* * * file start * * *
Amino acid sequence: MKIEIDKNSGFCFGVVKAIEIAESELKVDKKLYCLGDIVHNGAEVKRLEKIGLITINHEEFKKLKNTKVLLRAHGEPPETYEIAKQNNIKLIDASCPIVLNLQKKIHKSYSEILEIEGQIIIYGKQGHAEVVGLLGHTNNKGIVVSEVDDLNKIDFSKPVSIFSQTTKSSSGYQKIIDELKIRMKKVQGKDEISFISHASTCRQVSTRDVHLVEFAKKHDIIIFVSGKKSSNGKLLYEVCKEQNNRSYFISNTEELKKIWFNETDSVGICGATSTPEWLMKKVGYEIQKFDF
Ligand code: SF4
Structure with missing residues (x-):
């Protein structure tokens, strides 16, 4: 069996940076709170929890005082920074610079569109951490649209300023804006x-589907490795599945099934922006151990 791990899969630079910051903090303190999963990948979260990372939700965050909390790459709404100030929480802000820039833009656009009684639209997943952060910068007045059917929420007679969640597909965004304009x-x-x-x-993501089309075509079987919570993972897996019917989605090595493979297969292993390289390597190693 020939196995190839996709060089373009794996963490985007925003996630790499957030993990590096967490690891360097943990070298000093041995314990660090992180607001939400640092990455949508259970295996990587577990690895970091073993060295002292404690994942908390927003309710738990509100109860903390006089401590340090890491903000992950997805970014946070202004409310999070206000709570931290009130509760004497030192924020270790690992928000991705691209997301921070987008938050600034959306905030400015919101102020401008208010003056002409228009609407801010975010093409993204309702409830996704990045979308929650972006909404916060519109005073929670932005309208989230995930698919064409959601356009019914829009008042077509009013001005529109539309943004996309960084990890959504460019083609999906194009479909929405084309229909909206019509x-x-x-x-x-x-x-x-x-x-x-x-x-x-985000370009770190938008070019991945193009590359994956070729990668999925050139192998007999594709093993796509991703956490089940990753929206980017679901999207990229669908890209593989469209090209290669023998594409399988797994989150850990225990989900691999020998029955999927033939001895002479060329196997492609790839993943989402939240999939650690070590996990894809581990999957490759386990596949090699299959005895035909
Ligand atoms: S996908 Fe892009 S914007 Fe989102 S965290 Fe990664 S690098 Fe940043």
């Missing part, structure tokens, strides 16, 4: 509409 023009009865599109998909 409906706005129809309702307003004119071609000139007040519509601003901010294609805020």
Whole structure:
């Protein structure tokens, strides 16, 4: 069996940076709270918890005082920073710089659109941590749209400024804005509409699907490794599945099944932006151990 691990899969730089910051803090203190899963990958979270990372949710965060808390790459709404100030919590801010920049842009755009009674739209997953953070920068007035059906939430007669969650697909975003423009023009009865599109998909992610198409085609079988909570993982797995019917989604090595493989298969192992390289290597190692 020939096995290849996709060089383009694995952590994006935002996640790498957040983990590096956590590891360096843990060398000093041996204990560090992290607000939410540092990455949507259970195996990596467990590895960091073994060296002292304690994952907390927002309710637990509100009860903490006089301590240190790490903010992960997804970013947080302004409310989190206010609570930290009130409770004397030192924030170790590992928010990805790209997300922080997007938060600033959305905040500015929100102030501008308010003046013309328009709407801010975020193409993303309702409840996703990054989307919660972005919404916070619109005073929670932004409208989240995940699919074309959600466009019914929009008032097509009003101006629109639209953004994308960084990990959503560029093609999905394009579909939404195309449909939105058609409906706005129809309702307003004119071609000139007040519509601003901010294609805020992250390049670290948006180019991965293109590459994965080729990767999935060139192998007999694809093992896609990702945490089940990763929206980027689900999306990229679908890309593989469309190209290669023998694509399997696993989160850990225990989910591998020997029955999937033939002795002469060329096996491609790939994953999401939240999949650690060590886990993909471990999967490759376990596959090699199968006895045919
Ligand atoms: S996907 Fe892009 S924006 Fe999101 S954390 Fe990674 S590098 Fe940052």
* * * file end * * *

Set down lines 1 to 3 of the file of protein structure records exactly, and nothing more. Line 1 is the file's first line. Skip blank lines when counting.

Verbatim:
Amino acid sequence: MKIEIDKNSGFCFGVVKAIEIAESELKVDKKLYCLGDIVHNGAEVKRLEKIGLITINHEEFKKLKNTKVLLRAHGEPPETYEIAKQNNIKLIDASCPIVLNLQKKIHKSYSEILEIEGQIIIYGKQGHAEVVGLLGHTNNKGIVVSEVDDLNKIDFSKPVSIFSQTTKSSSGYQKIIDELKIRMKKVQGKDEISFISHASTCRQVSTRDVHLVEFAKKHDIIIFVSGKKSSNGKLLYEVCKEQNNRSYFISNTEELKKIWFNETDSVGICGATSTPEWLMKKVGYEIQKFDF
Ligand code: SF4
Structure with missing residues (x-):